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Wednesday, 18 May 2011

Over 50 Kids Receive Environmental Education at CCF Camps

CCF hosted two five-day environmental education camps for kids at its Field Research and Education Centre during the holiday time in late April and early May. Both camps were made possible by the generous support of the First National Bank (FNB).
FNB representatives hand over donation check to CCF
The Otjiwarongo branch manager of FNB Namibia, Mr. Louw Durand, hands ovrer the Jubatus Kids Camp sponsorship check to CCF's General Manager, Dr. Bruce Brewer, in the presence of Mr. Marius Steenkamp (center), FNB's Regional Agricultural Manager of the North. (c) Cheetah Conservation Fund
Over 50 kids attending these camps learned about conservation-related topics such as the role of predators in the ecosystem, predator identification, raising and training livestock guarding dogs, cultivating leadership qualities, while also participating in team building activities, game drives and art projects.

“We at CCF believe very strongly in the importance of education about predators,” said Dr. Laurie Marker, founder and Executive Director of the Cheetah Conservation Fund. “Nearly every large predator is either threatened or endangered in Namibia and its surrounding areas. The loss of these great animals would be a tragedy for Namibia and the world and would have a severe impact ecologically, economically, and even culturally. The reasons for the decline in predators are numerous, but all relate back to a basic misunderstanding of these animals and the role they serve in the ecosystem. CCF works to counteract the reasons for the decline in predators, but without fighting the misunderstandings through environmental education at a young age, the possibility of success is minimal.”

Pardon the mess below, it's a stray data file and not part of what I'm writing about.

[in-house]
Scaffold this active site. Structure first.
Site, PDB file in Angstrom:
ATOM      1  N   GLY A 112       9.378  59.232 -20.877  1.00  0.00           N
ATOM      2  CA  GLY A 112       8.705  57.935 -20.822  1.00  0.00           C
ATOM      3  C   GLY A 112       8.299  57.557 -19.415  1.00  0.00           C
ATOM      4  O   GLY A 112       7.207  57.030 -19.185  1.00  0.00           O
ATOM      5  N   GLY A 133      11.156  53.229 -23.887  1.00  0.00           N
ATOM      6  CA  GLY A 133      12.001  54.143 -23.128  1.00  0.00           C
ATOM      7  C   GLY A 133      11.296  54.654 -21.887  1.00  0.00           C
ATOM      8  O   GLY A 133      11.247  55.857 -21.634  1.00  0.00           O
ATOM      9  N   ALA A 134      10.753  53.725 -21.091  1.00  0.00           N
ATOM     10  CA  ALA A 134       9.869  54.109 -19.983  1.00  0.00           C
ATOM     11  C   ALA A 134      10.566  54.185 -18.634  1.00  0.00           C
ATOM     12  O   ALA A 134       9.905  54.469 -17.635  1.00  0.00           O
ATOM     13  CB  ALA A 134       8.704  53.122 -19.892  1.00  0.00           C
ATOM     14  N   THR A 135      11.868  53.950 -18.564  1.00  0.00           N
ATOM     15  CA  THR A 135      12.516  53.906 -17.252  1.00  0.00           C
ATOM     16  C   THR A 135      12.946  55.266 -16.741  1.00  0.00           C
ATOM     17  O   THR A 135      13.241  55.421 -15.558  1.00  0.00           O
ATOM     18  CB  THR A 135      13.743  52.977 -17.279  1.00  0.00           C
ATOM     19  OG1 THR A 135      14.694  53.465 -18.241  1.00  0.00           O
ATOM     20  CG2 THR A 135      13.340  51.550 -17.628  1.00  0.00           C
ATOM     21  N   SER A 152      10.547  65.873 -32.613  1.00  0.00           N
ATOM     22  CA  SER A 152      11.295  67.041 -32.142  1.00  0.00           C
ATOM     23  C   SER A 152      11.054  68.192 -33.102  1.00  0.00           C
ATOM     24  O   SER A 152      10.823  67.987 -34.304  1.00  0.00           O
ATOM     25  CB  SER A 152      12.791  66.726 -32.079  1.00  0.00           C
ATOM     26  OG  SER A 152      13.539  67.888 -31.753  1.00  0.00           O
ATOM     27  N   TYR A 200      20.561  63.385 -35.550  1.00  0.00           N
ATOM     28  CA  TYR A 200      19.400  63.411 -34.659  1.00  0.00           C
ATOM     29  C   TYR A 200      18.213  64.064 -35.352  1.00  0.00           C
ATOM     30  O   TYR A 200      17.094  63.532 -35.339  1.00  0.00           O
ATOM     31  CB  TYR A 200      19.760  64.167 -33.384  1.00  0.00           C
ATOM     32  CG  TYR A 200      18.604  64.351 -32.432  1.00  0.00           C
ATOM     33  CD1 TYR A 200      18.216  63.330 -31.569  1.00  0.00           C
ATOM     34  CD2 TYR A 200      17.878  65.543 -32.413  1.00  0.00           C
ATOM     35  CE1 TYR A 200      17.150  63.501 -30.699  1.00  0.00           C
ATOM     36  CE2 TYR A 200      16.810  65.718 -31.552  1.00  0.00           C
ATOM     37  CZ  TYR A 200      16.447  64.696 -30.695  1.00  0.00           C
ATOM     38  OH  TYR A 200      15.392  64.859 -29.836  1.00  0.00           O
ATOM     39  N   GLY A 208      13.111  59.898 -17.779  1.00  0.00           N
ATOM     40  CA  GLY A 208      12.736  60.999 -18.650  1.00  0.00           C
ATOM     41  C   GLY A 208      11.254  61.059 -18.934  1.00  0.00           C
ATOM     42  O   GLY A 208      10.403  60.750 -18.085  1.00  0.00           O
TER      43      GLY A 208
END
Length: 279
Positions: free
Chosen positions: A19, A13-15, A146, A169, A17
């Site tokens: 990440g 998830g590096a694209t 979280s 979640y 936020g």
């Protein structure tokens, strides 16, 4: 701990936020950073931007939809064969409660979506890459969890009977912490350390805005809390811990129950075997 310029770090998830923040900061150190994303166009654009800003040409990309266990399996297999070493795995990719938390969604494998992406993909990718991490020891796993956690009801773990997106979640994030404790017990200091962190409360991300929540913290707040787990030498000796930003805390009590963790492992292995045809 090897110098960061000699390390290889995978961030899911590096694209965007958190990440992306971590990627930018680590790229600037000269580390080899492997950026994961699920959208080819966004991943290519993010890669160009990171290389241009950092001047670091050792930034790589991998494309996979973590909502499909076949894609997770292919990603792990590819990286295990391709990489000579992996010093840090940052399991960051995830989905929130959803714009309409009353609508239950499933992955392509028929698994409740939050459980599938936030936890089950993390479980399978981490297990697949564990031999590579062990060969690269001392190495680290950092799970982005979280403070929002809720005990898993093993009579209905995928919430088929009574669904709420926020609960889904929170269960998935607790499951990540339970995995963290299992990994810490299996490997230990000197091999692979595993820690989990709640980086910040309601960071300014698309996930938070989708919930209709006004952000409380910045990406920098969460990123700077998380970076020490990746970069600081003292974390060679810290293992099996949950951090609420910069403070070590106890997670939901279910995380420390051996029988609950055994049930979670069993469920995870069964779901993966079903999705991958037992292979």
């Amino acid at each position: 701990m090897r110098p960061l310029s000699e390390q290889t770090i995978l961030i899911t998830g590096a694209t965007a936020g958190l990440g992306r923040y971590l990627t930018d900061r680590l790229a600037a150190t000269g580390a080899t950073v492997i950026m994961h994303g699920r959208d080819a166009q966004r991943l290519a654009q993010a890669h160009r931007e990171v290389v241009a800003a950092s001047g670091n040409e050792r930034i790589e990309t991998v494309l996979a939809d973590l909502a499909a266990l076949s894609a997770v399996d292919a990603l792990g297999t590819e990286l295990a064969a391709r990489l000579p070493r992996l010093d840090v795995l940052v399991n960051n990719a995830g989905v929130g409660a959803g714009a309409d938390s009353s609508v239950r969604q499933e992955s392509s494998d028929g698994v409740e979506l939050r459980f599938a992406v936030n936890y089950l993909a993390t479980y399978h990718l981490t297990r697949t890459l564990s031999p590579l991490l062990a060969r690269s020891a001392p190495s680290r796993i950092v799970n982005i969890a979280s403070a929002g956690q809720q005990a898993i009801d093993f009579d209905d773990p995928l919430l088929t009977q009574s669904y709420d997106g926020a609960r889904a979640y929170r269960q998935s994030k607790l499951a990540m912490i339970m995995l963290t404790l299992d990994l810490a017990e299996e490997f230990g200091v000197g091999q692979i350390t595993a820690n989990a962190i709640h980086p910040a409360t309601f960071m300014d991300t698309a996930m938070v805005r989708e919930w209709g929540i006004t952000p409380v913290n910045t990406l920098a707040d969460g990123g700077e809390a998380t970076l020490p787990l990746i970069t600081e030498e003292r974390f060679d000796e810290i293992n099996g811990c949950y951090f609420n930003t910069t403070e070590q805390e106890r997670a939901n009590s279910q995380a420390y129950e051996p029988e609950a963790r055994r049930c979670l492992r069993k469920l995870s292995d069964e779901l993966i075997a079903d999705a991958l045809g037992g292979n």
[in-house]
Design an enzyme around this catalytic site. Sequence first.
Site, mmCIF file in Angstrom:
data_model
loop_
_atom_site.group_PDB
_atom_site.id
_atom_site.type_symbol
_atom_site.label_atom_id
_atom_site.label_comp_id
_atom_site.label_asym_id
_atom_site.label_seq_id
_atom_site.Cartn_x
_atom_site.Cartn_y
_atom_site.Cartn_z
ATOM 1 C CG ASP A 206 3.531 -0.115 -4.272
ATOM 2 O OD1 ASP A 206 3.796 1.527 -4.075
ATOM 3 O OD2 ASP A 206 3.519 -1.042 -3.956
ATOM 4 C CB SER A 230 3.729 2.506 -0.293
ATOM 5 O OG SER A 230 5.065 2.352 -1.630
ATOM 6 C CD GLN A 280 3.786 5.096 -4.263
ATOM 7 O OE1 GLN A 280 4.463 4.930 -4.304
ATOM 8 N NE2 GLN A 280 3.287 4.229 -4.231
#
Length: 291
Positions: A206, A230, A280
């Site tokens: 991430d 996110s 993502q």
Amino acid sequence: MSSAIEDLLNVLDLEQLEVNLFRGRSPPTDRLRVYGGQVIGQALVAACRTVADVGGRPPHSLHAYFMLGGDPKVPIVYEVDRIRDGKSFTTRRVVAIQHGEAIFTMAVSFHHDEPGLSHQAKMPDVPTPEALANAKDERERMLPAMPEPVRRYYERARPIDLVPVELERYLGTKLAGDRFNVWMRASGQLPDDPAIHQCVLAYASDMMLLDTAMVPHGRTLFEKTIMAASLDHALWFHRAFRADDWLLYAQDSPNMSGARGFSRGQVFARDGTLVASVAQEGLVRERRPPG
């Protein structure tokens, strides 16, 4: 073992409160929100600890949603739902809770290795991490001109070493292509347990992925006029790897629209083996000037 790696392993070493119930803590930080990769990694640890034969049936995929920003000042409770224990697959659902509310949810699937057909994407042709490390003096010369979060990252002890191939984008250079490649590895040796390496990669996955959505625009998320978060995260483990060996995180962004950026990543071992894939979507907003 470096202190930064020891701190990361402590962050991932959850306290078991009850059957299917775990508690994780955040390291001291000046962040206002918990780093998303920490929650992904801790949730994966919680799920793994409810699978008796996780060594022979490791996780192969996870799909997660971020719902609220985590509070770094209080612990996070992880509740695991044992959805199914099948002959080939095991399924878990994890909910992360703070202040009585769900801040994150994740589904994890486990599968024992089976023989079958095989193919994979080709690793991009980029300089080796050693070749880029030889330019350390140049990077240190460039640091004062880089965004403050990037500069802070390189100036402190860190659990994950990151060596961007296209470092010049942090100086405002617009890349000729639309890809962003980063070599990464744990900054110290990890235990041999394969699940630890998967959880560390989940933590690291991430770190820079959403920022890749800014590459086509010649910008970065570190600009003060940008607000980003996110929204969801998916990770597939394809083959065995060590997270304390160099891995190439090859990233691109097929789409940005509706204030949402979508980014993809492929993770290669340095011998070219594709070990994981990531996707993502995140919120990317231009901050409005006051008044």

“Being part of this camp and being able to see the excitement and wonder first hand on the faces of the children of seeing a cheetah for the first time in their lives and learning about the exciting world of birds makes you want to do it over and over again,” said CCF’s Environmental Education Officer Ignatius Davids. “I believe every child that comes through the doors of CCF goes back home with a sense of wonderment and love for nature and its animals, and with an attitude of being agents of change.”
Participants of CCF's Jubatus Kids Holiday Camp 1
Participants of the first CCF's Jubatus Kids Holiday Camp held in late April. (c) Cheetah Conservation Fund
Davids’ assessment was made evident by feedback received from parents after the camp: “Thank you very much for the nice, educational Jubatus Kids Holiday Camp which Manuela attended. She enjoyed it very much. Since she is at home she did not stop talking about the camp.“
Participants of CCF's Jubatus Kids Holiday Camp 2
Participants of the second CCF's Jubatus Kids Holiday Camp held in May. (c) Cheetah Conservation Fund


  1. Anonymous7:52 am

    The importance of education is vital for future generations! I have been watching kids with their parents on a tour inside a wildlife park last Sunday, and was shocked by the ignorance/indiffernce of the parents and the curiosity of the children...if children do not get enough education from the early stage of childhood, they could be lost forever...!
    Congratulations CCF!

  2. Anonymous3:17 pm

    Congratulation to CCF for educate all these children and next citizens of the world.
    They are the future!

  3. Education is the key, there is no long term chance for these special animals without it. I understand there has been a big change in ethos in Namibia's conservation charities efforts in the past year to focus more on education, which is to be commended. I spoke to Donna Hannsen of the AfriCat Foundation a few weeks ago and she sounded very enthusiastic about the new direction:

    Keep up the good work.